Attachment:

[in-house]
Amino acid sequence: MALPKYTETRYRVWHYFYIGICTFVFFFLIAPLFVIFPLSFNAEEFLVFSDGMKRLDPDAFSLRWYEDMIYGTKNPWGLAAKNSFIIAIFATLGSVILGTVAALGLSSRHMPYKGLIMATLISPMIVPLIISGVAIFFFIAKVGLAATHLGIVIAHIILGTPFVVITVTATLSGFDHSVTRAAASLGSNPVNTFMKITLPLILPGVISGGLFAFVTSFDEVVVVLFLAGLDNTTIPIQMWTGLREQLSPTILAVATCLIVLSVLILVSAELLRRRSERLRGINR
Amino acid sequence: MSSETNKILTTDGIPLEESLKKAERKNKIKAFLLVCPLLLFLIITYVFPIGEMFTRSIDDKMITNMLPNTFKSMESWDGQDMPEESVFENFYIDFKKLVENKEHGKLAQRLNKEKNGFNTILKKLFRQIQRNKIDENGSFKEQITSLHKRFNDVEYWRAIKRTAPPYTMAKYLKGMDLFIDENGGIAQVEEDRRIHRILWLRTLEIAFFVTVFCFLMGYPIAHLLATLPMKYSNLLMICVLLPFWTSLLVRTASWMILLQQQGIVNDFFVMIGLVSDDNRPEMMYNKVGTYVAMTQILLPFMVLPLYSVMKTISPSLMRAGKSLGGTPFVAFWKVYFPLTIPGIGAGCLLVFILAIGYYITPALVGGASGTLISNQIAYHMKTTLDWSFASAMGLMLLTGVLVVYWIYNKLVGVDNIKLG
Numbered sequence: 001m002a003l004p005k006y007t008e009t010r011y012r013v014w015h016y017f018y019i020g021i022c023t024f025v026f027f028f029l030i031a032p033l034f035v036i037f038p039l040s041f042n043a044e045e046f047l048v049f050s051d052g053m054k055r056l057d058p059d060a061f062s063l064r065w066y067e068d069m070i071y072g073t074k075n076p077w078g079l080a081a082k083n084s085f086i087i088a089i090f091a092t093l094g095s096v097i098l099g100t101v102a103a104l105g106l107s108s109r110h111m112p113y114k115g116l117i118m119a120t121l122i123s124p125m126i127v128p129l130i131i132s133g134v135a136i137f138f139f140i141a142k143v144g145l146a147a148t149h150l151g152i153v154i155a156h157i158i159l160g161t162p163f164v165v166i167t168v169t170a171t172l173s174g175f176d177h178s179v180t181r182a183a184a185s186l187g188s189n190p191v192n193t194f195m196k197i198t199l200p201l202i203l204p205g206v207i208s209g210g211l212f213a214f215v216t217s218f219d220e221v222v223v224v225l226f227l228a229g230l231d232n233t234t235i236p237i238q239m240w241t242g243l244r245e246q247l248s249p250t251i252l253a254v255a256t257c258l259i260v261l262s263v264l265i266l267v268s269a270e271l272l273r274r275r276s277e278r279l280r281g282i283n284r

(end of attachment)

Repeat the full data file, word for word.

[in-house]
Amino acid sequence: MALPKYTETRYRVWHYFYIGICTFVFFFLIAPLFVIFPLSFNAEEFLVFSDGMKRLDPDAFSLRWYEDMIYGTKNPWGLAAKNSFIIAIFATLGSVILGTVAALGLSSRHMPYKGLIMATLISPMIVPLIISGVAIFFFIAKVGLAATHLGIVIAHIILGTPFVVITVTATLSGFDHSVTRAAASLGSNPVNTFMKITLPLILPGVISGGLFAFVTSFDEVVVVLFLAGLDNTTIPIQMWTGLREQLSPTILAVATCLIVLSVLILVSAELLRRRSERLRGINR
Amino acid sequence: MSSETNKILTTDGIPLEESLKKAERKNKIKAFLLVCPLLLFLIITYVFPIGEMFTRSIDDKMITNMLPNTFKSMESWDGQDMPEESVFENFYIDFKKLVENKEHGKLAQRLNKEKNGFNTILKKLFRQIQRNKIDENGSFKEQITSLHKRFNDVEYWRAIKRTAPPYTMAKYLKGMDLFIDENGGIAQVEEDRRIHRILWLRTLEIAFFVTVFCFLMGYPIAHLLATLPMKYSNLLMICVLLPFWTSLLVRTASWMILLQQQGIVNDFFVMIGLVSDDNRPEMMYNKVGTYVAMTQILLPFMVLPLYSVMKTISPSLMRAGKSLGGTPFVAFWKVYFPLTIPGIGAGCLLVFILAIGYYITPALVGGASGTLISNQIAYHMKTTLDWSFASAMGLMLLTGVLVVYWIYNKLVGVDNIKLG
Numbered sequence: 001m002a003l004p005k006y007t008e009t010r011y012r013v014w015h016y017f018y019i020g021i022c023t024f025v026f027f028f029l030i031a032p033l034f035v036i037f038p039l040s041f042n043a044e045e046f047l048v049f050s051d052g053m054k055r056l057d058p059d060a061f062s063l064r065w066y067e068d069m070i071y072g073t074k075n076p077w078g079l080a081a082k083n084s085f086i087i088a089i090f091a092t093l094g095s096v097i098l099g100t101v102a103a104l105g106l107s108s109r110h111m112p113y114k115g116l117i118m119a120t121l122i123s124p125m126i127v128p129l130i131i132s133g134v135a136i137f138f139f140i141a142k143v144g145l146a147a148t149h150l151g152i153v154i155a156h157i158i159l160g161t162p163f164v165v166i167t168v169t170a171t172l173s174g175f176d177h178s179v180t181r182a183a184a185s186l187g188s189n190p191v192n193t194f195m196k197i198t199l200p201l202i203l204p205g206v207i208s209g210g211l212f213a214f215v216t217s218f219d220e221v222v223v224v225l226f227l228a229g230l231d232n233t234t235i236p237i238q239m240w241t242g243l244r245e246q247l248s249p250t251i252l253a254v255a256t257c258l259i260v261l262s263v264l265i266l267v268s269a270e271l272l273r274r275r276s277e278r279l280r281g282i283n284r